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In Defense of Pharmaceutically Enhancing Human Morality.

Authors
  • Protopapadakis, Evangelos D1, 2
  • 1 National and Kapodistrian University of Athens, Athens, Greece. , (Greece)
  • 2 Applied Philosophy Research Laboratory, National and Kapodistrian University of Athens, Athens, Greece. , (Greece)
Type
Published Article
Journal
Current Therapeutic Research
Publisher
Elsevier
Publication Date
Jan 01, 2017
Volume
86
Pages
9–12
Identifiers
DOI: 10.1016/j.curtheres.2017.01.004
PMID: 29234481
Source
Medline
Keywords
Language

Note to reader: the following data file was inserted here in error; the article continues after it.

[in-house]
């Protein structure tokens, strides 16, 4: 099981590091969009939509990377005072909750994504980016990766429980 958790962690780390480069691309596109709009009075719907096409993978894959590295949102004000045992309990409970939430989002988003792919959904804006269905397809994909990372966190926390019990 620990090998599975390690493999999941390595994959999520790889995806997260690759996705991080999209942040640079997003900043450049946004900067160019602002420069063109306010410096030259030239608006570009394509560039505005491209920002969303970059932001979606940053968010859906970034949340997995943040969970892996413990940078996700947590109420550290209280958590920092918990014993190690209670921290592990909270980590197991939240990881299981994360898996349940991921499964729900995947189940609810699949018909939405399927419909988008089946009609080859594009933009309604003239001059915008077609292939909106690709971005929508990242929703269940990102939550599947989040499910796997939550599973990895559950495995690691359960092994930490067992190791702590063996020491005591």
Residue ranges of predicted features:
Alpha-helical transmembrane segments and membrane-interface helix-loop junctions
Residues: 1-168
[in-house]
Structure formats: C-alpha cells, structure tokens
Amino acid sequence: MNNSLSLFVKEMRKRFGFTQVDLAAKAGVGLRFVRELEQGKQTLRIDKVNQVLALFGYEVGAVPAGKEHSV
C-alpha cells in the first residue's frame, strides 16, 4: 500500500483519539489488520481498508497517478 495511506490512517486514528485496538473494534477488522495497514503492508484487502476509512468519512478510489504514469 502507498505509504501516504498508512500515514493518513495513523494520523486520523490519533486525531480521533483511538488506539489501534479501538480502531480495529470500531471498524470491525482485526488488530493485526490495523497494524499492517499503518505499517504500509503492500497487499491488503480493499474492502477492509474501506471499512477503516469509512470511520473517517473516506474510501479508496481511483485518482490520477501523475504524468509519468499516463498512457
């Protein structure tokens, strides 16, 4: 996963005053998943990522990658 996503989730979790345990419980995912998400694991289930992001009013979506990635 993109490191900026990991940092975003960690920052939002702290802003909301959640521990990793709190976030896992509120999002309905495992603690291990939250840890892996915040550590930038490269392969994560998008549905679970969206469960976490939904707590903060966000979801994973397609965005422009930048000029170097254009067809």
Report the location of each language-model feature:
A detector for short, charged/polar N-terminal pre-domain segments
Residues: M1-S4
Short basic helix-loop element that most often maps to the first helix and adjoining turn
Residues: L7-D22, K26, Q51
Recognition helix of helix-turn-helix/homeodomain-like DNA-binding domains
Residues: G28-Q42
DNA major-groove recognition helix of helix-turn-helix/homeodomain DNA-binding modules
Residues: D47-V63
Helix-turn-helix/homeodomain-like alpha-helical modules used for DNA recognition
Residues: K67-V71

English
License
Unknown

Abstract

I will discuss the prospect of pharmaceutically enhancing human morality and decision making in such a way as to eliminate morally unjustifiable choices and promote desirable ones. Our species in the relatively short period since it has emerged has enormously advanced in knowledge, science, and technical progress. When it comes to moral development, the distance it has covered is almost negligible. What if we could medically accelerate our moral development? What if we could once and for all render our species totally immune to certain vices? I will examine whether pharmaceutically intervening in human morality would compromise the autonomy of moral agents. I will argue that the argument from the autonomy of the moral agent is neither stable nor convincing. In the light of Kantian ethics we might consider moral enhancement by pharmaceutical means to be a perfect duty for moral agents.

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